Remember when the summer movie season began on Memorial Day weekend? When the holiday movie season kicked off on Thanksgiving? No? In our tweet-speed society, I understand. Nowadays summer starts in early May, or even late April, and the holiday crop started blooming two weeks ago. To this pack of early risers we can add the awards season set, those movies likely to loom large among critics societies across the country and around the world in the run up to the Oscars next March 2. Remember all those prestigious December openings? A thing of the past–best to capture the zeitgeist in fall, and hang on to it as your movie vacuums up citations that can be featured on the posters until, with luck, late winter. (“Best Film of the Year–100 Critics Groups!”)
(And those groups are voting earlier. To keep up with the Joneses in the offline universe, my own peeps, the Online Film Critics Society, bumped up its announcement of the year’s best to Dec. 16, which meant that the awards screeners started arriving by mid-October. The first to turn up? The Croods, which, I should add, makes for a splendid Blu-ray, if not necessarily a Best Film of the Year–100 Critics Groups!)
Of course not all distributors are going with the flow; looking at the last few weeks of the year, Mandela: Long Walk to Freedom, Saving Mr. Banks, The Wolf of Wall Street, August: Osage County, and American Hustle will all be in the hunt. (After opening in NY and LA on Friday, Philomena expands its run on Wednesday.) There may be some unheralded surprises in the mix, like Lone Survivor. (I’ve seen the Coen brothers’ meticulously produced but clammy Inside Llewyn Davis, and would be surprised to see much love for it besides its score.) But paced by the commercially and artistically successful Gravity and Captain Phillips, an unusual number of contenders are already in release, and five, All is Lost, Dallas Buyers Club, 12 Years a Slave, Nebraska, and the buzzed-about French drama Blue is the Warmest Color continue to add screens across the country. Thor they ain’t.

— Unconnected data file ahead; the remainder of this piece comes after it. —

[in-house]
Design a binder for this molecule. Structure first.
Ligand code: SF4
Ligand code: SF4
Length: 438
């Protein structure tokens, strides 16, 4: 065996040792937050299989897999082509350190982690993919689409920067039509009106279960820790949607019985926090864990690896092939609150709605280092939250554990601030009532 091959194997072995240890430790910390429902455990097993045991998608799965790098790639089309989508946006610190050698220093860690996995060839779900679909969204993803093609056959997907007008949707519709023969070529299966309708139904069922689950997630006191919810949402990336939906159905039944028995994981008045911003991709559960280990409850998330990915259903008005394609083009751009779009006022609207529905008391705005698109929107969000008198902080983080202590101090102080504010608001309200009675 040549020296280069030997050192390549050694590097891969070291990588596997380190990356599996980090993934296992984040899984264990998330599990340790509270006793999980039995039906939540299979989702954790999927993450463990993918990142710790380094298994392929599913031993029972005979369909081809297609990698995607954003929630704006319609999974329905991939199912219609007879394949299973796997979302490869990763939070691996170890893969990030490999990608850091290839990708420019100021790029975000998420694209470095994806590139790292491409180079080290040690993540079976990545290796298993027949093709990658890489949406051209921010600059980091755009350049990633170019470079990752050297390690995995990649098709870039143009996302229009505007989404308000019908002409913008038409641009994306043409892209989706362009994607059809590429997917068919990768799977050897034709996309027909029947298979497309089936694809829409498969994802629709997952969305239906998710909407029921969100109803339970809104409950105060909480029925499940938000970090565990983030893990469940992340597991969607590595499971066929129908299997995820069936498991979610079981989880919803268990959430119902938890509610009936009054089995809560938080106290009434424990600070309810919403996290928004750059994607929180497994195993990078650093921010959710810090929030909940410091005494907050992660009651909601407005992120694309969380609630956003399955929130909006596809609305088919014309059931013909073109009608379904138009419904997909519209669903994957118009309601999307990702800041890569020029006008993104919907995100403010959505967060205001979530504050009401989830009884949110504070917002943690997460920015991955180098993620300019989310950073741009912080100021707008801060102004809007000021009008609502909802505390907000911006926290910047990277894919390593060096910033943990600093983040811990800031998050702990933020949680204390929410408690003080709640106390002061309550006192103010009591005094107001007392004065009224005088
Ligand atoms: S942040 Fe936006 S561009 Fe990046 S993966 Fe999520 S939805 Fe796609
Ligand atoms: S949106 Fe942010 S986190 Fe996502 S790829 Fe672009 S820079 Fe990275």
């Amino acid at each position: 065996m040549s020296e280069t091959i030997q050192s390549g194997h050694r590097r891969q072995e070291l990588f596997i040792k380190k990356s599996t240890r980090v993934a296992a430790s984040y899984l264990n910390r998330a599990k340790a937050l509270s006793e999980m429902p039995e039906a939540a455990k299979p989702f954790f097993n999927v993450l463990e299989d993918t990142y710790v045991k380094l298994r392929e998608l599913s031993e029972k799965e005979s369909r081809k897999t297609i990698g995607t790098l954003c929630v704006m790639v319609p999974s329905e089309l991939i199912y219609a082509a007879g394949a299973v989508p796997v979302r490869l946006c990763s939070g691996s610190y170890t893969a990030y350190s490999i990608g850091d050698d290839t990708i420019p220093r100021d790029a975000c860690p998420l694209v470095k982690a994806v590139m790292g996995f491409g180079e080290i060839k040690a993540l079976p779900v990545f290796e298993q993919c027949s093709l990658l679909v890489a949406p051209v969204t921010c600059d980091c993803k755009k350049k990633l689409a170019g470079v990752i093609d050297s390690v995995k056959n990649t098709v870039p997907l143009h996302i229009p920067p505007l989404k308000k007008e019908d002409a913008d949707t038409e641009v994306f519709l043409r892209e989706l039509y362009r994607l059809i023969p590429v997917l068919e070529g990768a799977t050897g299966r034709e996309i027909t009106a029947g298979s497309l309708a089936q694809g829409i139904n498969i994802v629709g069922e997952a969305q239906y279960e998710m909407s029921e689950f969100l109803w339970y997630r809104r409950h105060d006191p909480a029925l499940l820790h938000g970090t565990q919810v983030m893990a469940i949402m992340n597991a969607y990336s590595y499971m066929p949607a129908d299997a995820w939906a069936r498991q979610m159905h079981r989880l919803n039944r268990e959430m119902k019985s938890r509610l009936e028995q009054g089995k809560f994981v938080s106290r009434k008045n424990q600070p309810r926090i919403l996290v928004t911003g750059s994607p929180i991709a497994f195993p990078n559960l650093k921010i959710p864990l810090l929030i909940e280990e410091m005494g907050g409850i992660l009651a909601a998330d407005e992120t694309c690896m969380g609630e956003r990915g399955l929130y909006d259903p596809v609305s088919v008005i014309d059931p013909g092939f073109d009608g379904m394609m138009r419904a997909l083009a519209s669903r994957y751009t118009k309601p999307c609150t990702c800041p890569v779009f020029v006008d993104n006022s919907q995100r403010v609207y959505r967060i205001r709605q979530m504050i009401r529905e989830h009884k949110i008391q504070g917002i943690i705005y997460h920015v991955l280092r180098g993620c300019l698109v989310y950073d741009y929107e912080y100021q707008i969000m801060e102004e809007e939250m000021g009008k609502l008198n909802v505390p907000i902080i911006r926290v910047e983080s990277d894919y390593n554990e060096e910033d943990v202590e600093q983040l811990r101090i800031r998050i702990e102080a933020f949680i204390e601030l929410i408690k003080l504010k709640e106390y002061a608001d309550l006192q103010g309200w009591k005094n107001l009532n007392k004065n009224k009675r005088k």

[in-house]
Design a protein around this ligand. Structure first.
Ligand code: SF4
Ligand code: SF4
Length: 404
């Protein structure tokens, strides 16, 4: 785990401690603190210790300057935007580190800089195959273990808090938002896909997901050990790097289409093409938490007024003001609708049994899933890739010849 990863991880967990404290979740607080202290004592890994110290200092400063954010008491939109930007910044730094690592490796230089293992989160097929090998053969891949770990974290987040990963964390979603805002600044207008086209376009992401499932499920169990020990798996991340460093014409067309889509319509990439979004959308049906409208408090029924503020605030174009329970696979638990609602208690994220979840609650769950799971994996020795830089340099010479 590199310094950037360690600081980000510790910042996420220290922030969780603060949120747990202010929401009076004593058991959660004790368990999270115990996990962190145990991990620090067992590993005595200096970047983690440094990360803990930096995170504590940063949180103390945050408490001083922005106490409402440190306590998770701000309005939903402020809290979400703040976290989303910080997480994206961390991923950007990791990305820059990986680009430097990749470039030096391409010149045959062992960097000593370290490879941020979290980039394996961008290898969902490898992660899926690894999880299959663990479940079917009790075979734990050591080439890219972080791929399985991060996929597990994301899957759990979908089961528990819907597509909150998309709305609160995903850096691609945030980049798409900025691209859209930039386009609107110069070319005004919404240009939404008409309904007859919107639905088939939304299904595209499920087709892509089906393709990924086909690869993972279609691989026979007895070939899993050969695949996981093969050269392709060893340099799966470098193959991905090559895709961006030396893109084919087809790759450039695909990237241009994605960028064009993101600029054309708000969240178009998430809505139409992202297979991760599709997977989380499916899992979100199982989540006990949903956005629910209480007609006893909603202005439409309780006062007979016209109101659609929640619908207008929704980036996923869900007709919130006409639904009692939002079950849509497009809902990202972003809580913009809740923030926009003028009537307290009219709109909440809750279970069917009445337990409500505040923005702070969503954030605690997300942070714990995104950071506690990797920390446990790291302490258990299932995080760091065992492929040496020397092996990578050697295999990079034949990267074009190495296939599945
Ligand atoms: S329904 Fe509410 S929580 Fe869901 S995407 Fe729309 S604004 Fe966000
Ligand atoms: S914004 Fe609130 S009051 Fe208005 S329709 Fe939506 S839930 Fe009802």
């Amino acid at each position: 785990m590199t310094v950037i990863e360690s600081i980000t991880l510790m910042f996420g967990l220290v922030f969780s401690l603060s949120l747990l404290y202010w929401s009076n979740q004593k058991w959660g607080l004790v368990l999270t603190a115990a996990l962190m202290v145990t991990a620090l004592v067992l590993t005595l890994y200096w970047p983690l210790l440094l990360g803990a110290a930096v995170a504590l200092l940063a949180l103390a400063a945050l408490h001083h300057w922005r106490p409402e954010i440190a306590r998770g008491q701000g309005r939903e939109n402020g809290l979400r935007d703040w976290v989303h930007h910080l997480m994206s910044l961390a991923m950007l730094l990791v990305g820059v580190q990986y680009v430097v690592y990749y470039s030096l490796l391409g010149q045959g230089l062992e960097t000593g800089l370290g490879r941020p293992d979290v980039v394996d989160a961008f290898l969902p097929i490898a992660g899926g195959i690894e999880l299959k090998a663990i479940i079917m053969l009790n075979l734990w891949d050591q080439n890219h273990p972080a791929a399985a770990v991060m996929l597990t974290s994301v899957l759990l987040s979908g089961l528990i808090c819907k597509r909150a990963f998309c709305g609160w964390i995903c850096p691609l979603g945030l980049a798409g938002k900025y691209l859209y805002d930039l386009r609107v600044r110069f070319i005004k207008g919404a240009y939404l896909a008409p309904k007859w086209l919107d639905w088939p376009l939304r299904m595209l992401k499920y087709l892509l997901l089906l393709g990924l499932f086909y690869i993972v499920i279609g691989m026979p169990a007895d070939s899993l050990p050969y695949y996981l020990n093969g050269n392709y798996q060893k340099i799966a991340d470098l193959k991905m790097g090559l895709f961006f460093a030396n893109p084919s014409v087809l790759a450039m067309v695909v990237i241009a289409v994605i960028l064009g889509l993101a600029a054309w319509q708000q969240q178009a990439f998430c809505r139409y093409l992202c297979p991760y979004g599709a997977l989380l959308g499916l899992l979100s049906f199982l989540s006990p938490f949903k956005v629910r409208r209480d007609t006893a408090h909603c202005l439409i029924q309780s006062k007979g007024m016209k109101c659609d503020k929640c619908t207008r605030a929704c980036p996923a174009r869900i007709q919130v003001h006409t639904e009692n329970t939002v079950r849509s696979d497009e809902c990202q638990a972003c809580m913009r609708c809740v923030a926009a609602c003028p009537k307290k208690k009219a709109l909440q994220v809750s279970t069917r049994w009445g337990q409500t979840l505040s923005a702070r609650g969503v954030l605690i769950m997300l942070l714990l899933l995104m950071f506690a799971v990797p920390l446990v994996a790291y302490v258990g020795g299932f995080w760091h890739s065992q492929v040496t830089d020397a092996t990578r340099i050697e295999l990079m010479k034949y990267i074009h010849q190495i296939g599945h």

The anti-Gravity, in that it has half its cast and is entirely Earthbound, All is Lost has a sinewy performance by an aged-in-leather Robert Redford, a Thor for the geriatric set, weathering the oceanic perils of storms, sharks, and floating garbage (the villain in Alfonso Cuaron’s stratospheric hit, too). A less is more actor despite his more talkative turns in the star-cementing Butch Cassidy and the Sundance Kid and The Sting, Redford finds his perfect role here, saying almost nothing past a terse voiceover. (Not for him the geezer antics of a Last Vegas. Will his stirring “Fuck!” be telecast on the Oscars?) Writer-director J.C. Chandor, of the chatty, stagy Margin Call, shows an impressive command of widescreen imagery on open water, as Redford’s marooned sailor (a descendant of his Western wanderer Jeremiah Johnson, perhaps?) floats toward the sea lanes. I found it gripping, if, at the end, a bit wishy-washy (at a New York Film Festival screening, Chandor spent minutes talking around, rather than about, its close), and capped by a heavy-handed song that compromises an otherwise fine, fitting score by Alexander Ebert. (Gravity‘s deep space recesses inspired great work from Steven Price, which hasn’t been far from my CD player since.) I can see why an uncommunicative Redford bailing water and coping with the hand fate has dealt him hasn’t drawn many viewers off the festival circuit to date; still, it worked for me, in its pensive, stripped-of-spectacle way.